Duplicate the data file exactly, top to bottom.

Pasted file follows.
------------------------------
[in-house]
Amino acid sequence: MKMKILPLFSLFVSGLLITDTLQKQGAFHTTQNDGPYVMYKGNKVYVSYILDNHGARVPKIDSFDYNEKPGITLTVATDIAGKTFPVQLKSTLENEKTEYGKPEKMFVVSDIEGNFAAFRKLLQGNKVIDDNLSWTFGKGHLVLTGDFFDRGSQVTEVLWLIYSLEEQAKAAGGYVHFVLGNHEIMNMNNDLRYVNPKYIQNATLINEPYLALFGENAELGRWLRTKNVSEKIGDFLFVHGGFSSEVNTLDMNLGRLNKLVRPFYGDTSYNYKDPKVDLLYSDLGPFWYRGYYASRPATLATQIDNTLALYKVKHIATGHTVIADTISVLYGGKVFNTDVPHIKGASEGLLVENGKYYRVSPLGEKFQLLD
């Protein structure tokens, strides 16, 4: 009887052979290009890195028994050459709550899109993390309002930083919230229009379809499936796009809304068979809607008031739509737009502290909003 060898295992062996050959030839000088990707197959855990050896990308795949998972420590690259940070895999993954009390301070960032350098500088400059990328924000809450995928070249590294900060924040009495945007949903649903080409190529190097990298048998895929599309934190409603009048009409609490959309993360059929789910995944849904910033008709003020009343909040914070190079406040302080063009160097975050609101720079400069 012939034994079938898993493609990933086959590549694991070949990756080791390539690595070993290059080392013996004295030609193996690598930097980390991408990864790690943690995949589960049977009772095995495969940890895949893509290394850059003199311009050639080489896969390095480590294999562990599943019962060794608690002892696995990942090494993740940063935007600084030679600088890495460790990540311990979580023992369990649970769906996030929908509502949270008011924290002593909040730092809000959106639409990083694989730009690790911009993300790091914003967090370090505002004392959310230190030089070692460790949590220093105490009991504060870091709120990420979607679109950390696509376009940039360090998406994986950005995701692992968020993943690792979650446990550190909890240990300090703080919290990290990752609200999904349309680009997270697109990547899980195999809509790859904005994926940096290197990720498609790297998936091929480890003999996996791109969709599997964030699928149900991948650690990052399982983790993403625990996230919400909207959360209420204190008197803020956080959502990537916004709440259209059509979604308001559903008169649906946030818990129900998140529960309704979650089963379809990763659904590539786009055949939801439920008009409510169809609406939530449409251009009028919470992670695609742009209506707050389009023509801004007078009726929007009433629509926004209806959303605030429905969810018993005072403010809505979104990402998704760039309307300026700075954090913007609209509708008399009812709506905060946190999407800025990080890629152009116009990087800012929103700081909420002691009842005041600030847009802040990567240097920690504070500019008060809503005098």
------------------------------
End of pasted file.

[in-house]
Amino acid sequence: MKMKILPLFSLFVSGLLITDTLQKQGAFHTTQNDGPYVMYKGNKVYVSYILDNHGARVPKIDSFDYNEKPGITLTVATDIAGKTFPVQLKSTLENEKTEYGKPEKMFVVSDIEGNFAAFRKLLQGNKVIDDNLSWTFGKGHLVLTGDFFDRGSQVTEVLWLIYSLEEQAKAAGGYVHFVLGNHEIMNMNNDLRYVNPKYIQNATLINEPYLALFGENAELGRWLRTKNVSEKIGDFLFVHGGFSSEVNTLDMNLGRLNKLVRPFYGDTSYNYKDPKVDLLYSDLGPFWYRGYYASRPATLATQIDNTLALYKVKHIATGHTVIADTISVLYGGKVFNTDVPHIKGASEGLLVENGKYYRVSPLGEKFQLLD
């Protein structure tokens, strides 16, 4: 009887052979290009890195028994050459709550899109993390309002930083919230229009379809499936796009809304068979809607008031739509737009502290909003 060898295992062996050959030839000088990707197959855990050896990308795949998972420590690259940070895999993954009390301070960032350098500088400059990328924000809450995928070249590294900060924040009495945007949903649903080409190529190097990298048998895929599309934190409603009048009409609490959309993360059929789910995944849904910033008709003020009343909040914070190079406040302080063009160097975050609101720079400069 012939034994079938898993493609990933086959590549694991070949990756080791390539690595070993290059080392013996004295030609193996690598930097980390991408990864790690943690995949589960049977009772095995495969940890895949893509290394850059003199311009050639080489896969390095480590294999562990599943019962060794608690002892696995990942090494993740940063935007600084030679600088890495460790990540311990979580023992369990649970769906996030929908509502949270008011924290002593909040730092809000959106639409990083694989730009690790911009993300790091914003967090370090505002004392959310230190030089070692460790949590220093105490009991504060870091709120990420979607679109950390696509376009940039360090998406994986950005995701692992968020993943690792979650446990550190909890240990300090703080919290990290990752609200999904349309680009997270697109990547899980195999809509790859904005994926940096290197990720498609790297998936091929480890003999996996791109969709599997964030699928149900991948650690990052399982983790993403625990996230919400909207959360209420204190008197803020956080959502990537916004709440259209059509979604308001559903008169649906946030818990129900998140529960309704979650089963379809990763659904590539786009055949939801439920008009409510169809609406939530449409251009009028919470992670695609742009209506707050389009023509801004007078009726929007009433629509926004209806959303605030429905969810018993005072403010809505979104990402998704760039309307300026700075954090913007609209509708008399009812709506905060946190999407800025990080890629152009116009990087800012929103700081909420002691009842005041600030847009802040990567240097920690504070500019008060809503005098």